Source analysis  lacey pilgrim
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Source analysis lacey pilgrim

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    Source analysis  lacey pilgrim Source analysis lacey pilgrim Document Transcript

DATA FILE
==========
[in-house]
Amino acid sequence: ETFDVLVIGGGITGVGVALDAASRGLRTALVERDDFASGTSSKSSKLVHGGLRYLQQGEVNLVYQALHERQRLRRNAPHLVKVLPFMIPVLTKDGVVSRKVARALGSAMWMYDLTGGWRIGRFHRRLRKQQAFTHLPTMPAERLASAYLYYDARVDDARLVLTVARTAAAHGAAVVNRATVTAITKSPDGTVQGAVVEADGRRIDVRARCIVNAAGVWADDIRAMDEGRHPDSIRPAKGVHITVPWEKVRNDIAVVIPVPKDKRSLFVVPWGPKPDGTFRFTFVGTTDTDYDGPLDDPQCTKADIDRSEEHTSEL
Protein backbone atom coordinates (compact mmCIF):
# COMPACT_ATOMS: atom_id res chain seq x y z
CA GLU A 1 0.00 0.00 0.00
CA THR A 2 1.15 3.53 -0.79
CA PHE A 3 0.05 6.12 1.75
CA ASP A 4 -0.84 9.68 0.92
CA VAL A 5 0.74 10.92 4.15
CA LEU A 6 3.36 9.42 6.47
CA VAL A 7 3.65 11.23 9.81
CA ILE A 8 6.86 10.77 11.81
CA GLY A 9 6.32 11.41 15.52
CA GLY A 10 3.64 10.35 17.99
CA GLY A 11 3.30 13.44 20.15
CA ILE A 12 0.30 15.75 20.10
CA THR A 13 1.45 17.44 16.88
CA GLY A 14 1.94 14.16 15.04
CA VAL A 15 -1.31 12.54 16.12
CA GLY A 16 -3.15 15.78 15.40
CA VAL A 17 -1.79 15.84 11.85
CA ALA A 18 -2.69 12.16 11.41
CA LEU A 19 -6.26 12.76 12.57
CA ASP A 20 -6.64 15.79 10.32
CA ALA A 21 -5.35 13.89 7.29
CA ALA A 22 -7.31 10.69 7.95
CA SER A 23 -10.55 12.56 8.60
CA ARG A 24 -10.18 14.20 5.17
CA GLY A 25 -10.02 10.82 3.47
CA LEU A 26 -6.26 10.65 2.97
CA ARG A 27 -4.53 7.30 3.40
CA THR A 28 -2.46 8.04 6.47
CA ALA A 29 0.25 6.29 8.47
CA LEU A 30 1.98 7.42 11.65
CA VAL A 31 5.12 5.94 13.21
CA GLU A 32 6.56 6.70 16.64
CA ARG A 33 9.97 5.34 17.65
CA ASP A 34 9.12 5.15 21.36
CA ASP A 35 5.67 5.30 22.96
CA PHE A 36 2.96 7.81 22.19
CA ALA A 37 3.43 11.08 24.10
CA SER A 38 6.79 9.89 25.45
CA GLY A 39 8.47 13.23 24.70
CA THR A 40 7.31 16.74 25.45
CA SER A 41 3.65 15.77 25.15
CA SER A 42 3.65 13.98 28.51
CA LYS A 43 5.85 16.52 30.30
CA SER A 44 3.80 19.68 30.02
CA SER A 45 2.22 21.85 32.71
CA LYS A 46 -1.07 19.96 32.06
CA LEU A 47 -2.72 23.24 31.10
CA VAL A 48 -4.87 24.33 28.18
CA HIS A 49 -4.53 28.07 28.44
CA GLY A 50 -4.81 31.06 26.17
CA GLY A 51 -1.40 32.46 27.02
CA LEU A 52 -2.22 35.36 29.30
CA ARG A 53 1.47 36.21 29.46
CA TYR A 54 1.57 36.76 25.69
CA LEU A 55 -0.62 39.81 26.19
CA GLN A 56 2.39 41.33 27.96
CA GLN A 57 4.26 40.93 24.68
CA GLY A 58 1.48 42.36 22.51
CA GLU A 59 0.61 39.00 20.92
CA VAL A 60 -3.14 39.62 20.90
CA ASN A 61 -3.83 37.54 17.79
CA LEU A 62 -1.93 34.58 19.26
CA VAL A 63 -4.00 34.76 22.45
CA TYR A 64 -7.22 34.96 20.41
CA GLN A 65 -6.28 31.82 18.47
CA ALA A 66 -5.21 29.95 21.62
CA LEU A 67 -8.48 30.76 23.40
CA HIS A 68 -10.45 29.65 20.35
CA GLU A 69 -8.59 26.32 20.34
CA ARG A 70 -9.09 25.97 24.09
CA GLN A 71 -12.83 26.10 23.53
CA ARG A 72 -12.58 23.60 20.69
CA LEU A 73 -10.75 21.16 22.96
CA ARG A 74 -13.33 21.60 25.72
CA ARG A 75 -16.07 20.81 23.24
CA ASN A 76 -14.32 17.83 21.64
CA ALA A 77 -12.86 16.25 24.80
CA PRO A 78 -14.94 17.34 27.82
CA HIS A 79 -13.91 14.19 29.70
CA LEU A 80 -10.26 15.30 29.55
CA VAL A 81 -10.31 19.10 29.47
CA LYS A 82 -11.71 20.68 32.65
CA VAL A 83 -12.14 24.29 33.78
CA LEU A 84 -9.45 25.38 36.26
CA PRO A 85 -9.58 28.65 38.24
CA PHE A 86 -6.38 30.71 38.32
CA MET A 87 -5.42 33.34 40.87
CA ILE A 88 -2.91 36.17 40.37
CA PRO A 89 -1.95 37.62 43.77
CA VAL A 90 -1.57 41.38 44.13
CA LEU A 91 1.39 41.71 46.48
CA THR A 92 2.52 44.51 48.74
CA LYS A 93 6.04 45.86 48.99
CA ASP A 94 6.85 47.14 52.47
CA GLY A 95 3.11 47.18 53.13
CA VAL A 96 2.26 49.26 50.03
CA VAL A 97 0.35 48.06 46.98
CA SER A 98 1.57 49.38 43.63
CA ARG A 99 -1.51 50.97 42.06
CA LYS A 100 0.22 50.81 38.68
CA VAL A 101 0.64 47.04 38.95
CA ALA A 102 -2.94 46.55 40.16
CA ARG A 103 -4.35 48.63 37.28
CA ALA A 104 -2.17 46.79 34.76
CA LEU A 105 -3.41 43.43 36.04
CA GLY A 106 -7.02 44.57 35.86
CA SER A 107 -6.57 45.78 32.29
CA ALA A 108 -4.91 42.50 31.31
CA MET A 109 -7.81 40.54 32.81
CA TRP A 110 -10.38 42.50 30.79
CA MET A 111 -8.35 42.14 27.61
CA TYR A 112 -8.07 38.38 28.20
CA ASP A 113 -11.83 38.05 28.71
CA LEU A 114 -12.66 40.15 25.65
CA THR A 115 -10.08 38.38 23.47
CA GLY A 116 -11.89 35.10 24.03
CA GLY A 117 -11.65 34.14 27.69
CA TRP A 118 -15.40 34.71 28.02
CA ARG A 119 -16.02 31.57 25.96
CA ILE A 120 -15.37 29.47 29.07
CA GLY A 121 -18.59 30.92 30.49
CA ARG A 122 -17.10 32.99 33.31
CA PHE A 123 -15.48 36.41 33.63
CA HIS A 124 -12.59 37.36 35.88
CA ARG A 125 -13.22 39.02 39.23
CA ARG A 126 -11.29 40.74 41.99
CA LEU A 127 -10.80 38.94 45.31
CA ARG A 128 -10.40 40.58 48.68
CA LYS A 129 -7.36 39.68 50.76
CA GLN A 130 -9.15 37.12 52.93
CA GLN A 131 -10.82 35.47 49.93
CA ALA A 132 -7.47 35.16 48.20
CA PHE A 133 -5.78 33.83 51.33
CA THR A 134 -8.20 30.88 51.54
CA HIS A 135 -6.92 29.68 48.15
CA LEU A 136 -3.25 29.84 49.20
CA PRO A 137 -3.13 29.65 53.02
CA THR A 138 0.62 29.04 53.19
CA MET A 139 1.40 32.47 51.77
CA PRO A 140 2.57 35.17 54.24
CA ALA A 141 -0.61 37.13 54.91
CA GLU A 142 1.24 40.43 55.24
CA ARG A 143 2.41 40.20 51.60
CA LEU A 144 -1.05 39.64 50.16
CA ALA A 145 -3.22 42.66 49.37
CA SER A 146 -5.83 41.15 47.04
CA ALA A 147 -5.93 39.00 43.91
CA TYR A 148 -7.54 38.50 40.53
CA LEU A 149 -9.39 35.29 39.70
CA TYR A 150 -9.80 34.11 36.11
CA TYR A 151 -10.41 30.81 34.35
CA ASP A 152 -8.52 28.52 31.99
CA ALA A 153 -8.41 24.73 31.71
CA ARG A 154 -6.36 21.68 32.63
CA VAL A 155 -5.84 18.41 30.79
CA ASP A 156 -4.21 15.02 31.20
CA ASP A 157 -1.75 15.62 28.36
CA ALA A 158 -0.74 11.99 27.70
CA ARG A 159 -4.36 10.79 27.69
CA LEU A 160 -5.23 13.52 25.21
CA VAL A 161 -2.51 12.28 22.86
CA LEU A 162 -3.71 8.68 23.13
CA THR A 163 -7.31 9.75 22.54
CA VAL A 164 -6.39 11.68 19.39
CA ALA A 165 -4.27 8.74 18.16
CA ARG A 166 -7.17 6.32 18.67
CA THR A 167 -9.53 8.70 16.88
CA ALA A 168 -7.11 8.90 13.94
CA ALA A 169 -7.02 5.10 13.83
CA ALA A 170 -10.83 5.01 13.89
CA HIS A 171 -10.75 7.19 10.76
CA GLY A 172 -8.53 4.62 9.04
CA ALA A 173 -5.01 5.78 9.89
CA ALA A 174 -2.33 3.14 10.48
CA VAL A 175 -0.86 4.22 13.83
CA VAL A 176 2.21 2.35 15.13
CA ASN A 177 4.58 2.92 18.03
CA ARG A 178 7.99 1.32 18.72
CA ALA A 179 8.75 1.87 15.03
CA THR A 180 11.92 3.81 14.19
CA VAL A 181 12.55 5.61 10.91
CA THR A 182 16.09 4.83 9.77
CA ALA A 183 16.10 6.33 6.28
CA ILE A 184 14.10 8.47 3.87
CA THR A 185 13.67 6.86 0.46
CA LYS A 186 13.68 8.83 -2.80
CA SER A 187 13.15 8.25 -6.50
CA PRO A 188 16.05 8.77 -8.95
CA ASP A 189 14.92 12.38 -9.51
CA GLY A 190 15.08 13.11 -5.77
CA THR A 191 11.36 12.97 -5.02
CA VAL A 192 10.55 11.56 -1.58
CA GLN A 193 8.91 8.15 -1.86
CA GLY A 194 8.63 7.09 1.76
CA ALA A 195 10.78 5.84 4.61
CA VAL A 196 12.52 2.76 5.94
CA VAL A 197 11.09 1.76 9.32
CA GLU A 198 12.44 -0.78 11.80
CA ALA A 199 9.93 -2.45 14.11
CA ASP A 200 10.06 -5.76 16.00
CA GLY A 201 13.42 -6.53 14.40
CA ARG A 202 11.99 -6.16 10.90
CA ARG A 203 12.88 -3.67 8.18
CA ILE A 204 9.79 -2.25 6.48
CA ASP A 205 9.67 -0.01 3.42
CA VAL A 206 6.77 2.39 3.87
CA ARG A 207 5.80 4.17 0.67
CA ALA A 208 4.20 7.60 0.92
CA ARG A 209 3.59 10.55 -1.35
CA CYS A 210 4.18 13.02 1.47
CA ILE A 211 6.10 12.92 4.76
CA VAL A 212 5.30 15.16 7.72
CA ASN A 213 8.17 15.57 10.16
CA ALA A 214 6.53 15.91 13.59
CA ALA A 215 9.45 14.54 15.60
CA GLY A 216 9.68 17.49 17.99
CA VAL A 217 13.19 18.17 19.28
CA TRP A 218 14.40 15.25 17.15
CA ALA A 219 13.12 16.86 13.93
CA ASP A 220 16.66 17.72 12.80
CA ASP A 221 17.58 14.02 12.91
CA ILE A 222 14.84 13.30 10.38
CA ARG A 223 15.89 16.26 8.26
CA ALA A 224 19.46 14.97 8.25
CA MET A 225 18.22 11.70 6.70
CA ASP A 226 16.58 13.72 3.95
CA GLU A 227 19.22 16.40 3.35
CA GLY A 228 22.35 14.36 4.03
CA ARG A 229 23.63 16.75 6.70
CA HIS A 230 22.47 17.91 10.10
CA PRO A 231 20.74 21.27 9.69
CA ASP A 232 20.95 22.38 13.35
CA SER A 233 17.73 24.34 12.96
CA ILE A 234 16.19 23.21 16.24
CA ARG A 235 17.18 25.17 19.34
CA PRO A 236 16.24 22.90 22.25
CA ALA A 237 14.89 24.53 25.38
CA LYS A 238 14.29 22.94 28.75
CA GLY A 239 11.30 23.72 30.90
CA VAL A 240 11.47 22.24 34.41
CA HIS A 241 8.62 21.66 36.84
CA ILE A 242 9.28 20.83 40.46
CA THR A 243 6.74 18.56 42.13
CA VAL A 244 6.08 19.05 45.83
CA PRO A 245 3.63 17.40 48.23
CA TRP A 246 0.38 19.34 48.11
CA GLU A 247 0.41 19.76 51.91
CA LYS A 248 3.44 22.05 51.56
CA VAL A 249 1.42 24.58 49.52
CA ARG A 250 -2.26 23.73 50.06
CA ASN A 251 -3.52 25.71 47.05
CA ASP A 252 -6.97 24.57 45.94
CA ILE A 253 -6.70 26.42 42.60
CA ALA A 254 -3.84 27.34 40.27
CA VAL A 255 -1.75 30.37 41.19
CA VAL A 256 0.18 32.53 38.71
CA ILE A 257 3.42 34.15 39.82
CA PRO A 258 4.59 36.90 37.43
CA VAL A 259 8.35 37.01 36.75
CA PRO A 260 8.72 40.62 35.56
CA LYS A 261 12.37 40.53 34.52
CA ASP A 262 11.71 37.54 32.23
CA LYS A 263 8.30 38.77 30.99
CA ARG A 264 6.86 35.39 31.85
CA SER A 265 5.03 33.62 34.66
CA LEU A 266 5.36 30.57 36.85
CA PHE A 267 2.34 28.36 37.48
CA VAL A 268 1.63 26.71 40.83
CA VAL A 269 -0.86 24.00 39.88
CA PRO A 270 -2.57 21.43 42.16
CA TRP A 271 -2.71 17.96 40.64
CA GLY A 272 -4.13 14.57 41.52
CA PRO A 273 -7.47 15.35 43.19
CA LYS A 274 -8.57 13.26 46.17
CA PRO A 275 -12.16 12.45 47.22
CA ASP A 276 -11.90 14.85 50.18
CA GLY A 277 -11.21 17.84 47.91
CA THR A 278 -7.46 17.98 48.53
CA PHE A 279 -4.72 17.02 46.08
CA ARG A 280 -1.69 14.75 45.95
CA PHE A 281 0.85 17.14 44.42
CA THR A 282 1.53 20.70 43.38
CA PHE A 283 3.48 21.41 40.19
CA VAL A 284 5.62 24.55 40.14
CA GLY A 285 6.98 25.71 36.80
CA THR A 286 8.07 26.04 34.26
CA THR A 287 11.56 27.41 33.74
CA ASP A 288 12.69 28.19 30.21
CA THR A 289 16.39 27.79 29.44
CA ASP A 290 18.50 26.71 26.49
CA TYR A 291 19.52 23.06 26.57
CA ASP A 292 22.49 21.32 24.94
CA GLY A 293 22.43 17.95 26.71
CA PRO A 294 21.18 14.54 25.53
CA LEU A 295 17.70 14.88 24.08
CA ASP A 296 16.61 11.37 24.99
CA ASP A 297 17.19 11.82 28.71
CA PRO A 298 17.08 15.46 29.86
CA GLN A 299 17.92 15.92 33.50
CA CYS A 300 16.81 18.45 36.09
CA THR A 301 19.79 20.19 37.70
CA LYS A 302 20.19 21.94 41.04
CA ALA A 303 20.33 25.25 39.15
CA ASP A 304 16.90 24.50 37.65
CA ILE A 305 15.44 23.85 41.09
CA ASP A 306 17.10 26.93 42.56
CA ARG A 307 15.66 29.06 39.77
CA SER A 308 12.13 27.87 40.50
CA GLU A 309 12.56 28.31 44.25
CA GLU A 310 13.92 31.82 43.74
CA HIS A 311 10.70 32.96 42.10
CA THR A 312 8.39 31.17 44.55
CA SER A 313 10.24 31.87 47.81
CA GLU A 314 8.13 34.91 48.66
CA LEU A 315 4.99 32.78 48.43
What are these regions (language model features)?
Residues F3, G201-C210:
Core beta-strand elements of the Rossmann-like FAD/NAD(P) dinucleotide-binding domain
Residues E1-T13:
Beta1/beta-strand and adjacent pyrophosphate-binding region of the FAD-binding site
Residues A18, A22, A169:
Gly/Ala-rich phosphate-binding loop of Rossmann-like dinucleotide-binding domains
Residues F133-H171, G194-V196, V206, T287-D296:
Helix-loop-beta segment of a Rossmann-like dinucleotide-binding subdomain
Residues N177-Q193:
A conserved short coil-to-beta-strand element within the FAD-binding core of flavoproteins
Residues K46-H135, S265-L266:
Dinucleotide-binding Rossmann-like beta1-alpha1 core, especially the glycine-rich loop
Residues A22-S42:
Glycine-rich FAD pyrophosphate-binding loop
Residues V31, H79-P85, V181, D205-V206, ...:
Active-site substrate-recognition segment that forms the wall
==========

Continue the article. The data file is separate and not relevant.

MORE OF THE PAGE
• Source AnalysisJune 82010Humanities 30-1Mr. KabachiaLacey Pilgrim<br />Source Analysis<br />In the first source, the author has a view that is well-suited with Modern Liberalism and Keynesian economics. In this source we are given the authors argument that individuals cannot be free to pursue their happiness unless there is preventative actions that are taken by the government. He believes that the government should have some involvement in the economy by creating social and economic programs that prevent individuals from going into debt, poverty, and prevent them from going hungry. With this argument, you can also depict that the author is referring to capitalism from when he says that individuals cannot be free unless they accept and embrace the fact that there has to be some government involvement in order for the individuals to be capable of pursuing their happiness. This makes us believe that the author presumably believes in welfare capitalism, in which the government is involved to create and provide a “safety net”. This “safety net” is provided to prevent these insecurities that the author mentions such as debt or poverty. The author of this source also mentions welfare state, a capitalist economy, where there is some government involvement to modify the market forces in order to stabilize the economy through social programs. He is also referring welfare state to the idea of the less frequent and less exaggerated “boom-and-bust” cycle developed by Richard Keynes called Keynesian economics. His idea was that during good economic times the taxes are raised, and during bad times, using that extra money to help the economy recover from the bust and soften the blow. This source is a clear example of the opposition of classical liberalism and the promotion of modern liberalism. <br />In the second source, the author is strongly criticizing socialism and left-wing ideologies. He makes his argument by relating the socialist ideas as being impossible by assuming the production of goods is occurring through “magic”. His conservative view is being projected through capitalist ideas that you must need human labor in order to produce goods and this factor should not be changed, which is rejecting any government involvement. The author is promoting classical liberalism and rejecting government involvement in an economy. The third source is also promoting classical liberalism and the principle of self-interest. The illustrator of this source drew two wealthy men wearing suits, in an extravagant home reading a recent news article about the poor also gaining in an economic boom. This illustration depicts a capitalist idea because the article states that during an economic boom the poor also benefit, which seems pointless to the wealthy men. The men are promoting capitalism and self-interest because they do not see the good in an economic boom if the poor can also benefit from it. These men are naïve to the principles of socialism and the ways of the “left” as well as modern liberalism. This source promotes classical liberalism because it stays true to the values of capitalism and also encourages the success of individuals, supporting value of self over value of others with no government involvement. <br />The relationship between these sources addresses two main issues, government involvement as well as the benefits of capitalism. These sources each address a different belief on the extent to which a government should be involved in an economy. The first source rejects classical liberalism by saying that there needs to be government intervention in order to enable individuals to truly pursue their happiness. With this the author also believes that capitalism should be included in the economy with occasional government intervention in order to run a more fair economy, which would be welfare capitalism. The sources II and III are embracing classical liberalism by stating that government should have no involvement in the economy, and by believing that capitalism and private companies should only run the market. All three of these sources address self-interest. Source I is concerned about the individuals pursuit of happiness and their self-interest in the economy, ensuring that there is some government program to fall back on if necessary. Source II embraces self-interest and states that it can prevent hunger and poverty around the world, if the people work hard. Source III also addresses self-interest by promoting it as a necessary part of a capitalist economy. <br />